23.80In addition to all these provisions for legal redress there is a sixth, which the defendant has equally defied in his decree. Suppose that a man is ignorant of all the processes I have mentioned, or that the proper time for taking such proceedings has elapsed, that for any other reasons he does not choose to prosecute by those methods; if he sees the homicide frequenting places of worship or the market, he may arrest him and take him to jail; but not, as you have permitted, to his own house or wherever he chooses. When under arrest he will suffer no injury in jail until after his trial; but, if he is found guilty, he will be punished with death. On the other hand, if the person who arrested him does not get a fifth part of the votes, he will be fined a thousand drachmas.
23.81The proposals of the defendant are quite different: the accuser is to prosecute without risk, the culprit to be given up incontinently and without trial; and if any person, or indeed any entire city, shall intervene to prevent the destruction of all those usages which I have described and the overthrow of all the tribunals I have mentioned; tribunals introduced by the gods and frequented by mankind from that day to this,—and to rescue the victims of outrage and lawless violence, he proposes that any such person shall be banned; for him also he allows no hearing and no trial, but punishes him instantly and without trial. Could any decree be more monstrous and more unconstitutional?
23.82Have we any statute left? . . . Let me see it. . . . . Yes, that is the one; read it.
If any man die a violent death, his kinsmen may take and hold hostages in respect of such death, until they either submit to trial for bloodguiltiness, or surrender the actual manslayers. This right is limited to three hostages and no more.
We have many well-conceived laws, men of Athens; but I am inclined to think that this statute is as wise and just as any of them. Observe the spirit of equity and the remarkable humanity with which it is drawn up.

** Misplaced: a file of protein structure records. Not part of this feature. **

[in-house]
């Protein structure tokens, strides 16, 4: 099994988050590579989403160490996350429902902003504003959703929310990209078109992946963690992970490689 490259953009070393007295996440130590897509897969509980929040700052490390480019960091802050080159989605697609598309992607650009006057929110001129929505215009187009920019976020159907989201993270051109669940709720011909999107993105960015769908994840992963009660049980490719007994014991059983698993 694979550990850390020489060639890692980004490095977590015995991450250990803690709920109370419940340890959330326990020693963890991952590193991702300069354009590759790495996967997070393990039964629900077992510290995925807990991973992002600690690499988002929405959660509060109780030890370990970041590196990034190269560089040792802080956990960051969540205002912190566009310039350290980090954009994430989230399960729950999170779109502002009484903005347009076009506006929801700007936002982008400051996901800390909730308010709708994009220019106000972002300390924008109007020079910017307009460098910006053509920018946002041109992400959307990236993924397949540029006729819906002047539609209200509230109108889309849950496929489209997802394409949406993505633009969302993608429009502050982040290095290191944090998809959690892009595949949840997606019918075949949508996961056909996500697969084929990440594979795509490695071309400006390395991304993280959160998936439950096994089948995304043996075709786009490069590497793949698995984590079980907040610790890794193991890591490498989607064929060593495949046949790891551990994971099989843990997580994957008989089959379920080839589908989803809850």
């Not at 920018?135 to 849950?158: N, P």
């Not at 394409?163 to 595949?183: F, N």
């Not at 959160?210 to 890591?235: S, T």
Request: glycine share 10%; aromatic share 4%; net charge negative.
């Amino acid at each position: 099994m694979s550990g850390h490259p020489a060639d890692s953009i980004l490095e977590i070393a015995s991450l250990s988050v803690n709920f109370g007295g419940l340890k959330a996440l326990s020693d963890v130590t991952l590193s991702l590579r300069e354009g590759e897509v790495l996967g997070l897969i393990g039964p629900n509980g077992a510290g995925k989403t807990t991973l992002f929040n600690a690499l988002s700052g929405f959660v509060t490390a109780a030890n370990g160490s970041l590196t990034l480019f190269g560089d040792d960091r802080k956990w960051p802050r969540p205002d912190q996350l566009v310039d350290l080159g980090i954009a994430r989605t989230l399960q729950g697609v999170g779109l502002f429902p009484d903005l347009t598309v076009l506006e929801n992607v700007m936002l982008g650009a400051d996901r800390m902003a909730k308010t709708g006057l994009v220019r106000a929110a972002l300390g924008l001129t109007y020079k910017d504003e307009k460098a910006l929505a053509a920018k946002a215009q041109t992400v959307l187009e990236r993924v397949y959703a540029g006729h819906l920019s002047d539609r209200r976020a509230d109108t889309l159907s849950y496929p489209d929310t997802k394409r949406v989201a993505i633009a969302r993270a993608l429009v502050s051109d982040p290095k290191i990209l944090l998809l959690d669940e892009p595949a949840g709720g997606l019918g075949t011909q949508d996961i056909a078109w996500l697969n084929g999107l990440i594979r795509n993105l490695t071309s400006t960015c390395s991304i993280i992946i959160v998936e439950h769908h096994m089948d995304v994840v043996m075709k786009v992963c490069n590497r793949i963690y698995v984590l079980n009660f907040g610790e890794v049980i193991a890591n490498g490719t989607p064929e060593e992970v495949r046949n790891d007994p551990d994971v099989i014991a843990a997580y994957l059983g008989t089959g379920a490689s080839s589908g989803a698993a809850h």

23.83“If any man die a violent death,” says the legislator. First, by adding the epithet “violent,” he has given an indication by which we understand his meaning to be, “if a man die wrongfully.” “His kinsmen may take and hold hostages in respect of such death, until they either submit to trial for bloodguiltiness, or surrender the actual manslayers.” You will note what an admirable provision this is. He requires the hostages, in the first instance, to stand trial; and then if they refuse, he enjoins them to give up the murderers; but, if they decline both these duties, he adds that the right to hold hostages is limited to three and no more. The whole of this statute is defied in the wording of the decree.
23.84In the first place, when writing the words, “if any man shall kill,” he did not add “wrongfully,” or “violently,” or any qualification at all. Secondly he proposes that the culprit shall be liable to seizure instantly and before any claim of redress has been made. Furthermore, while the statute ordains that, if the persons in whose house the death took place will neither submit to trial nor give up the perpetrators, as many as three may be detained as hostages,